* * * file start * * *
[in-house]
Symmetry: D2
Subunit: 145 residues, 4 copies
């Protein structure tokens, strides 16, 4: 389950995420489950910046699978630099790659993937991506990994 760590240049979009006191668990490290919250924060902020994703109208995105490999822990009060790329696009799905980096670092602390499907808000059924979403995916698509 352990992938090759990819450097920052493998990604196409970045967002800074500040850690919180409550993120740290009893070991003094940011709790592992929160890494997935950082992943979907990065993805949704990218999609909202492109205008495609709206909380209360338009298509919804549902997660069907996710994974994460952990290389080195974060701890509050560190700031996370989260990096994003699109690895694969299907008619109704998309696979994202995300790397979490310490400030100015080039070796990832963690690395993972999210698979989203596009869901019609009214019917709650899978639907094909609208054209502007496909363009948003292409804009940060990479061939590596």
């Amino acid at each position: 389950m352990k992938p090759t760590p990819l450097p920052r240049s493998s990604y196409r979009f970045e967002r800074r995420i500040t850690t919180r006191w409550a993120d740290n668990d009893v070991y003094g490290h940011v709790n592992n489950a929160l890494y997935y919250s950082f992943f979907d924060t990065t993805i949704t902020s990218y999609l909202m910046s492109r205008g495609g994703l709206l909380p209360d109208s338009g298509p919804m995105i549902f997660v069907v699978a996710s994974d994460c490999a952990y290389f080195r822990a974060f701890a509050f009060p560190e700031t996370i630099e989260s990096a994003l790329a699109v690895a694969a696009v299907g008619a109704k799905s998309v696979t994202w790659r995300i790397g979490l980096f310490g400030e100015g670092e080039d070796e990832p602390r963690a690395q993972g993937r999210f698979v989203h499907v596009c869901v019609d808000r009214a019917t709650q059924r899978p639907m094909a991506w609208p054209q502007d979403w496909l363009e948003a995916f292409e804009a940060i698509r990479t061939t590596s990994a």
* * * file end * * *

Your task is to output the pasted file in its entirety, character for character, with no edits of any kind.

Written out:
[in-house]
Symmetry: D2
Subunit: 145 residues, 4 copies
């Protein structure tokens, strides 16, 4: 389950995420489950910046699978630099790659993937991506990994 760590240049979009006191668990490290919250924060902020994703109208995105490999822990009060790329696009799905980096670092602390499907808000059924979403995916698509 352990992938090759990819450097920052493998990604196409970045967002800074500040850690919180409550993120740290009893070991003094940011709790592992929160890494997935950082992943979907990065993805949704990218999609909202492109205008495609709206909380209360338009298509919804549902997660069907996710994974994460952990290389080195974060701890509050560190700031996370989260990096994003699109690895694969299907008619109704998309696979994202995300790397979490310490400030100015080039070796990832963690690395993972999210698979989203596009869901019609009214019917709650899978639907094909609208054209502007496909363009948003292409804009940060990479061939590596």
């Amino acid at each position: 389950m352990k992938p090759t760590p990819l450097p920052r240049s493998s990604y196409r979009f970045e967002r800074r995420i500040t850690t919180r006191w409550a993120d740290n668990d009893v070991y003094g490290h940011v709790n592992n489950a929160l890494y997935y919250s950082f992943f979907d924060t990065t993805i949704t902020s990218y999609l909202m910046s492109r205008g495609g994703l709206l909380p209360d109208s338009g298509p919804m995105i549902f997660v069907v699978a996710s994974d994460c490999a952990y290389f080195r822990a974060f701890a509050f009060p560190e700031t996370i630099e989260s990096a994003l790329a699109v690895a694969a696009v299907g008619a109704k799905s998309v696979t994202w790659r995300i790397g979490l980096f310490g400030e100015g670092e080039d070796e990832p602390r963690a690395q993972g993937r999210f698979v989203h499907v596009c869901v019609d808000r009214a019917t709650q059924r899978p639907m094909a991506w609208p054209q502007d979403w496909l363009e948003a995916f292409e804009a940060i698509r990479t061939t590596s990994a």